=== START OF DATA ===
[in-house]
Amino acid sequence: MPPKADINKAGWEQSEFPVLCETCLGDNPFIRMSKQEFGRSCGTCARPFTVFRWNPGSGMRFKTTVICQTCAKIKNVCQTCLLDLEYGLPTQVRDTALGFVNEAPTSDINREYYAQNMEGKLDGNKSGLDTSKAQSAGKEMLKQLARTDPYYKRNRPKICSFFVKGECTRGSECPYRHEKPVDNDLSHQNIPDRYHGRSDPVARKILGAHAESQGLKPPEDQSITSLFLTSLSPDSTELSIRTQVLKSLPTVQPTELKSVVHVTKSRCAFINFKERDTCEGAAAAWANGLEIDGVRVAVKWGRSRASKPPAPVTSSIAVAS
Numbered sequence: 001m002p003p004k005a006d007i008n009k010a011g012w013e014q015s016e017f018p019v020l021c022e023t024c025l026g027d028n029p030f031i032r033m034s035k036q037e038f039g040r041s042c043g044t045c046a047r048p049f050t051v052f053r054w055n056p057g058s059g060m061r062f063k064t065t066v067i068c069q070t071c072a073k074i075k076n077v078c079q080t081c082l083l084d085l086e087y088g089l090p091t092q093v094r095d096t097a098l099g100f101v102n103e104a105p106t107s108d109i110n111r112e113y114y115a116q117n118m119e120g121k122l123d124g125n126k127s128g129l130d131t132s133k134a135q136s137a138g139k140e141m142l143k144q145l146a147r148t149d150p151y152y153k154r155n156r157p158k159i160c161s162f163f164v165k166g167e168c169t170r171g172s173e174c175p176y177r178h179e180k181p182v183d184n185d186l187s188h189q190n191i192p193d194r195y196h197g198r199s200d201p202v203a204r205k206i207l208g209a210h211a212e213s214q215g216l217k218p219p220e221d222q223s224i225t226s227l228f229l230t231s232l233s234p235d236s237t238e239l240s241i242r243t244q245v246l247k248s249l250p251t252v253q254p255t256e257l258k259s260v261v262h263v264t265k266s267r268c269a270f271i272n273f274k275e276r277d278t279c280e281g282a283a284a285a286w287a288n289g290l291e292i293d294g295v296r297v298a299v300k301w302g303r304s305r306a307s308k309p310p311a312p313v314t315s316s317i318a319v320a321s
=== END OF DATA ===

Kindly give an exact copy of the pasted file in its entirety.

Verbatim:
[in-house]
Amino acid sequence: MPPKADINKAGWEQSEFPVLCETCLGDNPFIRMSKQEFGRSCGTCARPFTVFRWNPGSGMRFKTTVICQTCAKIKNVCQTCLLDLEYGLPTQVRDTALGFVNEAPTSDINREYYAQNMEGKLDGNKSGLDTSKAQSAGKEMLKQLARTDPYYKRNRPKICSFFVKGECTRGSECPYRHEKPVDNDLSHQNIPDRYHGRSDPVARKILGAHAESQGLKPPEDQSITSLFLTSLSPDSTELSIRTQVLKSLPTVQPTELKSVVHVTKSRCAFINFKERDTCEGAAAAWANGLEIDGVRVAVKWGRSRASKPPAPVTSSIAVAS
Numbered sequence: 001m002p003p004k005a006d007i008n009k010a011g012w013e014q015s016e017f018p019v020l021c022e023t024c025l026g027d028n029p030f031i032r033m034s035k036q037e038f039g040r041s042c043g044t045c046a047r048p049f050t051v052f053r054w055n056p057g058s059g060m061r062f063k064t065t066v067i068c069q070t071c072a073k074i075k076n077v078c079q080t081c082l083l084d085l086e087y088g089l090p091t092q093v094r095d096t097a098l099g100f101v102n103e104a105p106t107s108d109i110n111r112e113y114y115a116q117n118m119e120g121k122l123d124g125n126k127s128g129l130d131t132s133k134a135q136s137a138g139k140e141m142l143k144q145l146a147r148t149d150p151y152y153k154r155n156r157p158k159i160c161s162f163f164v165k166g167e168c169t170r171g172s173e174c175p176y177r178h179e180k181p182v183d184n185d186l187s188h189q190n191i192p193d194r195y196h197g198r199s200d201p202v203a204r205k206i207l208g209a210h211a212e213s214q215g216l217k218p219p220e221d222q223s224i225t226s227l228f229l230t231s232l233s234p235d236s237t238e239l240s241i242r243t244q245v246l247k248s249l250p251t252v253q254p255t256e257l258k259s260v261v262h263v264t265k266s267r268c269a270f271i272n273f274k275e276r277d278t279c280e281g282a283a284a285a286w287a288n289g290l291e292i293d294g295v296r297v298a299v300k301w302g303r304s305r306a307s308k309p310p311a312p313v314t315s316s317i318a319v320a321s